If there was ever a need to sit down and examine the results of a well-intended experiment, the dust-up over a ban on younger patrons at Chippewa Street bars offers that opportunity.
Bar employees and a couple of bar owners confronted city lawmakers the other day over the ending of Thursday “college nights,” the only time when those younger than 21 were allowed inside bars after 10 p.m.
The six-month experiment has just ended and, according to those who work in the district’s bar and entertainment industry, business on Thursdays has slowed to a crawl.
Instead of patronizing Chippewa Street, groups of friends who are out having a good time and do not want their underage buddies to be left out will head to other parts of the city where bars are not forced to ban underage patrons.
Supporters of “commingling,” allowing people between the ages of 18 and 20 to go into bars in the Chippewa district, may have a legitimate argument, but they also need to remember why the ban was instituted in the first place.
Before the Common Council passed the ban in March, with the Thursday exception, underage patrons were allowed in bars in the district every night of the week, and that became a problem.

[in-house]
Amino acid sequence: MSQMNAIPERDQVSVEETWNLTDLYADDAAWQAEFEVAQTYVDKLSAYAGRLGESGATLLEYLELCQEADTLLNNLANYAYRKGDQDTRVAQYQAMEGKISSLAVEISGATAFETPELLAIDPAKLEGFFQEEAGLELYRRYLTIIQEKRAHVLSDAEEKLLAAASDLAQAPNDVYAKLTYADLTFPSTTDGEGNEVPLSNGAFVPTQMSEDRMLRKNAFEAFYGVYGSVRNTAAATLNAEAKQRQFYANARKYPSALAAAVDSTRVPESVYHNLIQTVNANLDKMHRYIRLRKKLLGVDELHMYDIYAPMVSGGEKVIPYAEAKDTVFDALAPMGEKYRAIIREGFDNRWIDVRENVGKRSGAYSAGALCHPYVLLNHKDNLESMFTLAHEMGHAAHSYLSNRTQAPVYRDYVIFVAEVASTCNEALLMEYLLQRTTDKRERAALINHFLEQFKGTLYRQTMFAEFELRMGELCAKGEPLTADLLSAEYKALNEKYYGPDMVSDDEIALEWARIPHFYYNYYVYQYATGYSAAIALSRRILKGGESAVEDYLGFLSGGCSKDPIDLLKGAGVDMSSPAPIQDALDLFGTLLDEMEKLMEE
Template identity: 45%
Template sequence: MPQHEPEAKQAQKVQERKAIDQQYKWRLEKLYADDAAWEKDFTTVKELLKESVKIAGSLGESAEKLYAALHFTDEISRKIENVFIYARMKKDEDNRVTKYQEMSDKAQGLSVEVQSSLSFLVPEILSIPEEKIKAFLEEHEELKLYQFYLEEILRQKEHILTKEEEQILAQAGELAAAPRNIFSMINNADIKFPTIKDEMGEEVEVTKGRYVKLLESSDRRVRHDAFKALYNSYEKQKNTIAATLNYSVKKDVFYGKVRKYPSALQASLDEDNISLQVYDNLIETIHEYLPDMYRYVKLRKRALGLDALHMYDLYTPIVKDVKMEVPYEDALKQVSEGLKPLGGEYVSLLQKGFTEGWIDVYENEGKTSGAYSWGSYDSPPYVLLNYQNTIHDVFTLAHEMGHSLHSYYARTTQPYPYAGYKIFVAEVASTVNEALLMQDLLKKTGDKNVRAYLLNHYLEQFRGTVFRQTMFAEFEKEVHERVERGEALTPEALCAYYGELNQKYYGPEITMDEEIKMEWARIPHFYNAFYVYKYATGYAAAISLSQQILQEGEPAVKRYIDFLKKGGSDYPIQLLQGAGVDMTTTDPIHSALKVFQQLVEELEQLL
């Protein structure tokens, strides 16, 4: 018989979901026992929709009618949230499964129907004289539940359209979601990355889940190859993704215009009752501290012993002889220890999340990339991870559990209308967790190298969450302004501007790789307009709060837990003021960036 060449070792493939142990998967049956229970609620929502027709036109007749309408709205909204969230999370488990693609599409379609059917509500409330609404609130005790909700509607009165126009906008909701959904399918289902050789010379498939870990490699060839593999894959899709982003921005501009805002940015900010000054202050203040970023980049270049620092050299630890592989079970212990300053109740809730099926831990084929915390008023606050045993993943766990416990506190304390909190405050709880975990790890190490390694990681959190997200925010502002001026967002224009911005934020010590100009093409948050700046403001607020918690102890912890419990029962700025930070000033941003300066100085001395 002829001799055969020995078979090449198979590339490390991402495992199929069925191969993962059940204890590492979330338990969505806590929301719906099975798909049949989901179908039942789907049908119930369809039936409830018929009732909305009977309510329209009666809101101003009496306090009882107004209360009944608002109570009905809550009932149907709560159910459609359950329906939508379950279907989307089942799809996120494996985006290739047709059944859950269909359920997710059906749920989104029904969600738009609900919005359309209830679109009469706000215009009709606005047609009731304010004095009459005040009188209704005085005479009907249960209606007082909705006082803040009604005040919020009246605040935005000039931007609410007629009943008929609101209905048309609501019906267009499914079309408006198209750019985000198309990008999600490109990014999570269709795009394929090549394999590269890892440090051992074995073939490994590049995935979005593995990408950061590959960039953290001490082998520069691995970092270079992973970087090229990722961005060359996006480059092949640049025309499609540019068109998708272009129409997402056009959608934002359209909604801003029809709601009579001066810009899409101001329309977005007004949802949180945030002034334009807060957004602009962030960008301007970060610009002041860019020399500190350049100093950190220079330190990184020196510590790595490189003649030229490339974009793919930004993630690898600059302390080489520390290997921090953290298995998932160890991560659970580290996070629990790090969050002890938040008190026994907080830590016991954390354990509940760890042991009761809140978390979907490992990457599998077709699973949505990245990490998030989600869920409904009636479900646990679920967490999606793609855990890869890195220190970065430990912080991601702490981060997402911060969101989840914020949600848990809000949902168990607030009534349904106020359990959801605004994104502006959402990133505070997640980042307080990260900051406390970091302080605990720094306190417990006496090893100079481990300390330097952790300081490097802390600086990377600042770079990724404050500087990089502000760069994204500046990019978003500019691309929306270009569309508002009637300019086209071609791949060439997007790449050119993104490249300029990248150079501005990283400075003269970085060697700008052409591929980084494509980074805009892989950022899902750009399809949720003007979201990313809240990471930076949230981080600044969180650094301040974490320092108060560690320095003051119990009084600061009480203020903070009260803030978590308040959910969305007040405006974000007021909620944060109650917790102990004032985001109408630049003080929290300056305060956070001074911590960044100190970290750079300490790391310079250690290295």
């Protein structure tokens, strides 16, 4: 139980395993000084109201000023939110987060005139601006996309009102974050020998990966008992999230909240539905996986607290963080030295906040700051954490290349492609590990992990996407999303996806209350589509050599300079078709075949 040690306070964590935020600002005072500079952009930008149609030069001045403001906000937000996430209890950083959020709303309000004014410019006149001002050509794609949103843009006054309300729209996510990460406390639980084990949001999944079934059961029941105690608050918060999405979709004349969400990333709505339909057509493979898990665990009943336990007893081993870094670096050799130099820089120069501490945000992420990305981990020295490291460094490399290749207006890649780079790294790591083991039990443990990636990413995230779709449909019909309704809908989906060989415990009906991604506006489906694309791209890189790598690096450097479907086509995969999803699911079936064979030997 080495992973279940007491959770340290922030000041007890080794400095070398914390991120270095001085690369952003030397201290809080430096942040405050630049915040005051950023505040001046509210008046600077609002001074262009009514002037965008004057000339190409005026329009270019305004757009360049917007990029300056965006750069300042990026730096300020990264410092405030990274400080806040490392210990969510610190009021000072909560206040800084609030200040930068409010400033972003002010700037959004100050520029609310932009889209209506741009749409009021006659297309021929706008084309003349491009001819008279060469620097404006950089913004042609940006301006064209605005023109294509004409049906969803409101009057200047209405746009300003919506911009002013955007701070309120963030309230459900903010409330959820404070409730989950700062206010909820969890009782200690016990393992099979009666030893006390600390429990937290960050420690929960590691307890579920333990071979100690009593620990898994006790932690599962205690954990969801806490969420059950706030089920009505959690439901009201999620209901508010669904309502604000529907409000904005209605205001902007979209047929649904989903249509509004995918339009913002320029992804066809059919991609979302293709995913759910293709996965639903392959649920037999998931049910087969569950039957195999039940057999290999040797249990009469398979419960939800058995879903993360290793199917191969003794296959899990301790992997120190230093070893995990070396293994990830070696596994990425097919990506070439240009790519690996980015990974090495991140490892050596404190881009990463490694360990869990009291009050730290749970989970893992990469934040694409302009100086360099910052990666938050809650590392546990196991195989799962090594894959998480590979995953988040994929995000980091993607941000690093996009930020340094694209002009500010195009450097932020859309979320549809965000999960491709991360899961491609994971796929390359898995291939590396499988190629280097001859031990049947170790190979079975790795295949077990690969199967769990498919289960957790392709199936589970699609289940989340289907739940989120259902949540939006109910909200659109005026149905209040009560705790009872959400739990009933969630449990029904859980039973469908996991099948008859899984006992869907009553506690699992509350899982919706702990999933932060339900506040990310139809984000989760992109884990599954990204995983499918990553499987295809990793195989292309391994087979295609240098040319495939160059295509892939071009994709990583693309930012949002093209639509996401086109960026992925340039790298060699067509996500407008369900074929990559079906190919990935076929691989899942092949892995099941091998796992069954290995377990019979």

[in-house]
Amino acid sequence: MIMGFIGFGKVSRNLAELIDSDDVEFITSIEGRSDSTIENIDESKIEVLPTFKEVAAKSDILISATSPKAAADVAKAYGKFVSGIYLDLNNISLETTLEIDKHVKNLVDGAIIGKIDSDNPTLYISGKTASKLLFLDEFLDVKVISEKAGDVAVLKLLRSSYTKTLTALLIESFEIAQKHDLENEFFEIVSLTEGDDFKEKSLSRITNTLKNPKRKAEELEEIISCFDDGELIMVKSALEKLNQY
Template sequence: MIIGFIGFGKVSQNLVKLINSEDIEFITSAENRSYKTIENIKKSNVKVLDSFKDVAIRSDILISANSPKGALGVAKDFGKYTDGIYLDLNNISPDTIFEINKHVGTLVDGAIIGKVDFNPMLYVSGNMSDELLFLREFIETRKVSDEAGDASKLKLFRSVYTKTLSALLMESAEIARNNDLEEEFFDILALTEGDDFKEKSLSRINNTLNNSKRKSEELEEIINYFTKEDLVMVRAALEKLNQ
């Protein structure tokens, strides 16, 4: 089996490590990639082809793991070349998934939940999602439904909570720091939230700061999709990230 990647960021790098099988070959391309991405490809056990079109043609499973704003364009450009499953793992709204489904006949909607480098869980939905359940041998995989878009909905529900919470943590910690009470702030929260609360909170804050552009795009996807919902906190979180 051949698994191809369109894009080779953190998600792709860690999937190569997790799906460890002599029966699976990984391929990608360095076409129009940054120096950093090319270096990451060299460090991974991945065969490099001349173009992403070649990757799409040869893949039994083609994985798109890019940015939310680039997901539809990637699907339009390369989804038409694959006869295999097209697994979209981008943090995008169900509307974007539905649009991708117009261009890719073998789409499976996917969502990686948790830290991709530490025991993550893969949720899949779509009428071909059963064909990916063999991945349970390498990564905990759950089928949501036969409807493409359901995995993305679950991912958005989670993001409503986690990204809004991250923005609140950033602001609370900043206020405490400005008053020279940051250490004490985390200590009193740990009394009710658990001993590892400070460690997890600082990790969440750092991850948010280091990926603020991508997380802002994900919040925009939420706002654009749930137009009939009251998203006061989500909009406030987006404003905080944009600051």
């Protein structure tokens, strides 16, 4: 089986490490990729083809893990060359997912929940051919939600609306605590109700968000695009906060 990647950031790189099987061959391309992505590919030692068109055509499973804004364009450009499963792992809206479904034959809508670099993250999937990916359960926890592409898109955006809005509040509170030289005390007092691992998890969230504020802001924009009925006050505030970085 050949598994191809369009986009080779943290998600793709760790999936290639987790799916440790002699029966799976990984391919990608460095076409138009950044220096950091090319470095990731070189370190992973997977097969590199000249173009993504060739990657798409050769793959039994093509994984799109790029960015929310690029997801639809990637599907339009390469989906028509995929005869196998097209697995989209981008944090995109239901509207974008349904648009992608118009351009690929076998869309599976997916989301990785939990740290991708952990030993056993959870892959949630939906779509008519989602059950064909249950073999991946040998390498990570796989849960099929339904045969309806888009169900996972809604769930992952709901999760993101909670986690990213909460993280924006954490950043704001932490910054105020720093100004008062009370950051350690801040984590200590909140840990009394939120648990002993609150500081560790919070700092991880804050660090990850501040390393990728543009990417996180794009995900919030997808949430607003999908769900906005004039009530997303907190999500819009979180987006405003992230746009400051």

Enough business owners were upset over rowdy and even criminal behavior that they brought their gripes to Council Member Darius G. Pridgen, who represents the district.
In fact, there was concern from key figures in the Chippewa Entertainment District who insisted that without new restrictions, the district would become a “ghost town.”
Now there are those who feel that Chippewa Street – the district is bounded by Tupper Street, Main Street, Elmwood Avenue and Seneca Street – is being unfairly targeted.
Allowing underage patrons into a bar is a tricky issue. Responsible employees who diligently check identification and provide wrist bands for those who can legally drink may not be able to spot older friends passing their underage buddies a shot.
Pridgen wisely declined to take a position on extending the Thursday night experiment, commenting that he was “blindsided” by the sudden opposition to the total ban. He is rightly taking time to consider the issue. To make an informed decision, Council members need to hear more from bar owners, neighborhood leaders, the police and others.